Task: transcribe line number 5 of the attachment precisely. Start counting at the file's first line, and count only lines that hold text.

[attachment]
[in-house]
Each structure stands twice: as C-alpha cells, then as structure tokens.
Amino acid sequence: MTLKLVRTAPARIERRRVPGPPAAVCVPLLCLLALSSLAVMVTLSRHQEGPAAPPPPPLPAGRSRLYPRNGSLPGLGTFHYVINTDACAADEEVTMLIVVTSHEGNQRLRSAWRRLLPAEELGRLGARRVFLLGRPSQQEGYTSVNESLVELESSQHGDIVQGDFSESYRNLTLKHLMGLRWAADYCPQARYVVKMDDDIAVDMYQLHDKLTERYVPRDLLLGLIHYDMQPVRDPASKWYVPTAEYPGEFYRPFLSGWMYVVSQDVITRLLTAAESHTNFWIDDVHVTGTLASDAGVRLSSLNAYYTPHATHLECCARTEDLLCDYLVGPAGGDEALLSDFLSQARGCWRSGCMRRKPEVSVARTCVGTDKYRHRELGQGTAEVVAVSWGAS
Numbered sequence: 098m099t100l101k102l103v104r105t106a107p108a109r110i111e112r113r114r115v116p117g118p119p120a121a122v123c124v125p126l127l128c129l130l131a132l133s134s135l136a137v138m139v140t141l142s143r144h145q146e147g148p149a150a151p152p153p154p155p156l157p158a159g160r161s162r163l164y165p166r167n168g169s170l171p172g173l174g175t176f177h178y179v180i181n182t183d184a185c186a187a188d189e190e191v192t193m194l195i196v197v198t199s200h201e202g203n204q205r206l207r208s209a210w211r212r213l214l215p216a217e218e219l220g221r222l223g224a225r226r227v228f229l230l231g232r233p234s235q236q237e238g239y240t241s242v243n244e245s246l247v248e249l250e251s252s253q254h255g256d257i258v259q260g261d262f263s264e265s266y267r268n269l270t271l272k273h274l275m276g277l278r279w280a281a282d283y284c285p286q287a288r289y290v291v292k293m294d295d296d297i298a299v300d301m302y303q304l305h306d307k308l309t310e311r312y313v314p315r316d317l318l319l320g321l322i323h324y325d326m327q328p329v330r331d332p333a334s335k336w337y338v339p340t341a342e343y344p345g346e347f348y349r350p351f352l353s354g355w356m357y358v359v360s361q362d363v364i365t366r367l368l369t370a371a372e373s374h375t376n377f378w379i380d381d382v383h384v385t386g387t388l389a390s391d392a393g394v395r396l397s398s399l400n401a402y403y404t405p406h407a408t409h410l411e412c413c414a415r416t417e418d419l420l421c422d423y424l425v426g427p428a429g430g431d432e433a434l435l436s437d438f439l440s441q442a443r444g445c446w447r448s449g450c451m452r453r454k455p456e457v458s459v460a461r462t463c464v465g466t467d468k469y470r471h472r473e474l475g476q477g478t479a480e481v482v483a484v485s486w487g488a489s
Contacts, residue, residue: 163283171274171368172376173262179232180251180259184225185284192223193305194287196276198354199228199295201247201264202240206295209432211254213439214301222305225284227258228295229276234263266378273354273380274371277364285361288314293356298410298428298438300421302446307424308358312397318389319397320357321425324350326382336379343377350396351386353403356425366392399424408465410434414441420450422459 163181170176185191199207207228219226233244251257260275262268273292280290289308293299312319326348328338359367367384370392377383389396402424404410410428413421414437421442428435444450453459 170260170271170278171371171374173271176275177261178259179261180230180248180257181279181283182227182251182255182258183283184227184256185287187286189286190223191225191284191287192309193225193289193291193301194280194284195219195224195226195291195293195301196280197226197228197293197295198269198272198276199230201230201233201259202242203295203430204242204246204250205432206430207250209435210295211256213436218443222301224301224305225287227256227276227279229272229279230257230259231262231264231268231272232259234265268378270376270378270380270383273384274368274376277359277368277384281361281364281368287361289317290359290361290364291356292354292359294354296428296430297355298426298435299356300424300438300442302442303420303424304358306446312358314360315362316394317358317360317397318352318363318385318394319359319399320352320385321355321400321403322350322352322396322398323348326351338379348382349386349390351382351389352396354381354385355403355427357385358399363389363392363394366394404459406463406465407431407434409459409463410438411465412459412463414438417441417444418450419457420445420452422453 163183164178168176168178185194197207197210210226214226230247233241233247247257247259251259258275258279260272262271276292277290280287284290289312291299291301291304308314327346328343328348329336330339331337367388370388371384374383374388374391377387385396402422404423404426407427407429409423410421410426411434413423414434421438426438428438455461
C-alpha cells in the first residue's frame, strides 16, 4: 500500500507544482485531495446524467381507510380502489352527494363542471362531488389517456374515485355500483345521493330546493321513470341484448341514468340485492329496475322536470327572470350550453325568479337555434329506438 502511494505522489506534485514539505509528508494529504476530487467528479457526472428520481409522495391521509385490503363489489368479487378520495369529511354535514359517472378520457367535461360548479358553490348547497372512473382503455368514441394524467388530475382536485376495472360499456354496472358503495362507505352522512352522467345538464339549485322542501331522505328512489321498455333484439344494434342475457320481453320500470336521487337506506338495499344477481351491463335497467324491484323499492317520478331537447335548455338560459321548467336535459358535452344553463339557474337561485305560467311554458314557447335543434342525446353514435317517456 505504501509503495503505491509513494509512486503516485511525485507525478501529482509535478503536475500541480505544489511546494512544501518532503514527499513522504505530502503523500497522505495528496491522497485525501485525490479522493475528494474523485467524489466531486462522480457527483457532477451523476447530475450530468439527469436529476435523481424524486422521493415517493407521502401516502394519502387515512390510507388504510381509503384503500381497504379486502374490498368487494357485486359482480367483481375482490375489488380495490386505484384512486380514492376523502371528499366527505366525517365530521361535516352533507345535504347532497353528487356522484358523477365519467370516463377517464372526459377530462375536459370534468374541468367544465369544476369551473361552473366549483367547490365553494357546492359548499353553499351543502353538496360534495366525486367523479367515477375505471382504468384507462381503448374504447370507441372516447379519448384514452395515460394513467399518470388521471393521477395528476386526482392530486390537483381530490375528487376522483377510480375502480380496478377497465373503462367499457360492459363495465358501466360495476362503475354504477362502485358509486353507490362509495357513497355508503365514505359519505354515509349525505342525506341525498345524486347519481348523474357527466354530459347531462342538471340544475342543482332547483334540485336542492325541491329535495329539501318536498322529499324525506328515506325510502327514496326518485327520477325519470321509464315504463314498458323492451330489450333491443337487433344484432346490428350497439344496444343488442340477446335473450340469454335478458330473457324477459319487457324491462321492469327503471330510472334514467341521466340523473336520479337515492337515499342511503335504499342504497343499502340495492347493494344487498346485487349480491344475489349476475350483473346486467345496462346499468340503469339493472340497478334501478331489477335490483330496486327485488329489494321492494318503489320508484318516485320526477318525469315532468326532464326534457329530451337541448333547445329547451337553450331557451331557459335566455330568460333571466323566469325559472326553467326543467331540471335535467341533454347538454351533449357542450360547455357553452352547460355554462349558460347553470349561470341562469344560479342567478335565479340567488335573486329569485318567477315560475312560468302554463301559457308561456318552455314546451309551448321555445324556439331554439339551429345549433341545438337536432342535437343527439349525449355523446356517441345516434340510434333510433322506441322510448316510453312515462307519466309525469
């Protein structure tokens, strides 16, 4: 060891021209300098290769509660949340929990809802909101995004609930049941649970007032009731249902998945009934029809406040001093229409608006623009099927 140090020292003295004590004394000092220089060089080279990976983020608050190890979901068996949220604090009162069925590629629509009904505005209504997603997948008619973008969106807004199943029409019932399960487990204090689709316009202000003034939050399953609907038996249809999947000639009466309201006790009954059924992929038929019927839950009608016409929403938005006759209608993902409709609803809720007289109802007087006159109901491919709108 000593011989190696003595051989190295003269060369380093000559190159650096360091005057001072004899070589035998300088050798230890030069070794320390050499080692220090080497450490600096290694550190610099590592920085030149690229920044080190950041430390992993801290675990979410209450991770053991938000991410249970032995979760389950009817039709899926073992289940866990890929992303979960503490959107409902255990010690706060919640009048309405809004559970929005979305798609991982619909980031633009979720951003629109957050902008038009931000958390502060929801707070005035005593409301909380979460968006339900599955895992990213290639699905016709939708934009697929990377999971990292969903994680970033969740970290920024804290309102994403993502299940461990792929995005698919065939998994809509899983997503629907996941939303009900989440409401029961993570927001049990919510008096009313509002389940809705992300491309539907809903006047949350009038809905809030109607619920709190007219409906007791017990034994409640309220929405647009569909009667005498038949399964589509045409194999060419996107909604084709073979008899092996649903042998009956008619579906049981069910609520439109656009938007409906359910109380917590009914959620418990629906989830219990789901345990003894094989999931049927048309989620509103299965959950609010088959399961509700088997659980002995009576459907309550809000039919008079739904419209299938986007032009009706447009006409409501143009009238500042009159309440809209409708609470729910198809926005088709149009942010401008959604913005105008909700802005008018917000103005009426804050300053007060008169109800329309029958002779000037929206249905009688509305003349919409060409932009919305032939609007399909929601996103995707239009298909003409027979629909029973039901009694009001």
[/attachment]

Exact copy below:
Contacts, residue, residue: 163283171274171368172376173262179232180251180259184225185284192223193305194287196276198354199228199295201247201264202240206295209432211254213439214301222305225284227258228295229276234263266378273354273380274371277364285361288314293356298410298428298438300421302446307424308358312397318389319397320357321425324350326382336379343377350396351386353403356425366392399424408465410434414441420450422459 163181170176185191199207207228219226233244251257260275262268273292280290289308293299312319326348328338359367367384370392377383389396402424404410410428413421414437421442428435444450453459 170260170271170278171371171374173271176275177261178259179261180230180248180257181279181283182227182251182255182258183283184227184256185287187286189286190223191225191284191287192309193225193289193291193301194280194284195219195224195226195291195293195301196280197226197228197293197295198269198272198276199230201230201233201259202242203295203430204242204246204250205432206430207250209435210295211256213436218443222301224301224305225287227256227276227279229272229279230257230259231262231264231268231272232259234265268378270376270378270380270383273384274368274376277359277368277384281361281364281368287361289317290359290361290364291356292354292359294354296428296430297355298426298435299356300424300438300442302442303420303424304358306446312358314360315362316394317358317360317397318352318363318385318394319359319399320352320385321355321400321403322350322352322396322398323348326351338379348382349386349390351382351389352396354381354385355403355427357385358399363389363392363394366394404459406463406465407431407434409459409463410438411465412459412463414438417441417444418450419457420445420452422453 163183164178168176168178185194197207197210210226214226230247233241233247247257247259251259258275258279260272262271276292277290280287284290289312291299291301291304308314327346328343328348329336330339331337367388370388371384374383374388374391377387385396402422404423404426407427407429409423410421410426411434413423414434421438426438428438455461